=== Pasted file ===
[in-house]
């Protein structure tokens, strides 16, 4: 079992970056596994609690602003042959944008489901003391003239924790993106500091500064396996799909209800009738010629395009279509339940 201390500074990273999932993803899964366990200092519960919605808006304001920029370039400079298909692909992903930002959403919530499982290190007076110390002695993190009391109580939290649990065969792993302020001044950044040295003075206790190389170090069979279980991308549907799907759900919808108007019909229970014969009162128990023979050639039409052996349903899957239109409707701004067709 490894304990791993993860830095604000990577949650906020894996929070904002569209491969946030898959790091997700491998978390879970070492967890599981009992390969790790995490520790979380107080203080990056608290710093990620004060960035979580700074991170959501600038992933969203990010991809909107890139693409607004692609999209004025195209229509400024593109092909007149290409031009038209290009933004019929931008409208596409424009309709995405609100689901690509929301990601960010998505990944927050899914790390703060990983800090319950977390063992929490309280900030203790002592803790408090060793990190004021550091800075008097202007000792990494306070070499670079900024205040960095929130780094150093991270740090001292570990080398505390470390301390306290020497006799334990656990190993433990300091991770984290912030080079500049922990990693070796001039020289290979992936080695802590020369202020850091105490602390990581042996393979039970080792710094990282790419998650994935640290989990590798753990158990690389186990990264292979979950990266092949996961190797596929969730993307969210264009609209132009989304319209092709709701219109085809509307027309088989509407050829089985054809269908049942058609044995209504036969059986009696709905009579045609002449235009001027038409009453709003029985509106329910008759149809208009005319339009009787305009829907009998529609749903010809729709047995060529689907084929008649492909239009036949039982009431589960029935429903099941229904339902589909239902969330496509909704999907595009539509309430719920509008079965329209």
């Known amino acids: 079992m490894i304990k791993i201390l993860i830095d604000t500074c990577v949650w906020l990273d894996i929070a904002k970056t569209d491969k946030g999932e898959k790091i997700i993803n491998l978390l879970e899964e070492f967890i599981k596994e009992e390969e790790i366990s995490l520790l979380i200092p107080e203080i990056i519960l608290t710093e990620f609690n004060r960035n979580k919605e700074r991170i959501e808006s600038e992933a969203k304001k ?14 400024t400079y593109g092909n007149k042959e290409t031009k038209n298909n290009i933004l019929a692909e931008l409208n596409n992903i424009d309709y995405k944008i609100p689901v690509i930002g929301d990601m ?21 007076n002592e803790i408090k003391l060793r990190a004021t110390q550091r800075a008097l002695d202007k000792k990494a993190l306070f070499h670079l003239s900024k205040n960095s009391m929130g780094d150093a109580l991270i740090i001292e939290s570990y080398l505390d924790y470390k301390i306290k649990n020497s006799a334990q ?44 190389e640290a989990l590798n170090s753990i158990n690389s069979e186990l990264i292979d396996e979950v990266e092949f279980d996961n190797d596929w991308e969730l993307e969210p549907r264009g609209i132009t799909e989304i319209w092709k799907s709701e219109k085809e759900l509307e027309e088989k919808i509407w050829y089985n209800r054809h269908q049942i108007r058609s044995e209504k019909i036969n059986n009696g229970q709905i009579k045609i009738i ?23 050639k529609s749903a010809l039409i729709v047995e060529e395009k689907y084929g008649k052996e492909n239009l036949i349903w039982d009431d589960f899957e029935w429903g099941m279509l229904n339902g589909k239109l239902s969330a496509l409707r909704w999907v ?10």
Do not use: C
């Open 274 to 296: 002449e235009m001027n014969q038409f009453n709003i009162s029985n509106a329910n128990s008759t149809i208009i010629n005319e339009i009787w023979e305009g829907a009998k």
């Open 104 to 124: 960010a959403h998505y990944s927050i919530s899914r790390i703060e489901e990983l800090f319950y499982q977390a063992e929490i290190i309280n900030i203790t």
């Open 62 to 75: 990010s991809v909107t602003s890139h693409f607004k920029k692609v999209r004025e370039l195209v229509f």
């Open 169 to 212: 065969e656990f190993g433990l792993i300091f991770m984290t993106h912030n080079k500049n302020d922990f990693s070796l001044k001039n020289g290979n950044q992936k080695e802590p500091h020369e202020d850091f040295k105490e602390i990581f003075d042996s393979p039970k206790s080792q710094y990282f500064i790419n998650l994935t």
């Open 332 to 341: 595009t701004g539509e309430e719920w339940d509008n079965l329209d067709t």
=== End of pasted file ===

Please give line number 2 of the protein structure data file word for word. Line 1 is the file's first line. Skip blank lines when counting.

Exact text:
């Protein structure tokens, strides 16, 4: 079992970056596994609690602003042959944008489901003391003239924790993106500091500064396996799909209800009738010629395009279509339940 201390500074990273999932993803899964366990200092519960919605808006304001920029370039400079298909692909992903930002959403919530499982290190007076110390002695993190009391109580939290649990065969792993302020001044950044040295003075206790190389170090069979279980991308549907799907759900919808108007019909229970014969009162128990023979050639039409052996349903899957239109409707701004067709 490894304990791993993860830095604000990577949650906020894996929070904002569209491969946030898959790091997700491998978390879970070492967890599981009992390969790790995490520790979380107080203080990056608290710093990620004060960035979580700074991170959501600038992933969203990010991809909107890139693409607004692609999209004025195209229509400024593109092909007149290409031009038209290009933004019929931008409208596409424009309709995405609100689901690509929301990601960010998505990944927050899914790390703060990983800090319950977390063992929490309280900030203790002592803790408090060793990190004021550091800075008097202007000792990494306070070499670079900024205040960095929130780094150093991270740090001292570990080398505390470390301390306290020497006799334990656990190993433990300091991770984290912030080079500049922990990693070796001039020289290979992936080695802590020369202020850091105490602390990581042996393979039970080792710094990282790419998650994935640290989990590798753990158990690389186990990264292979979950990266092949996961190797596929969730993307969210264009609209132009989304319209092709709701219109085809509307027309088989509407050829089985054809269908049942058609044995209504036969059986009696709905009579045609002449235009001027038409009453709003029985509106329910008759149809208009005319339009009787305009829907009998529609749903010809729709047995060529689907084929008649492909239009036949039982009431589960029935429903099941229904339902589909239902969330496509909704999907595009539509309430719920509008079965329209």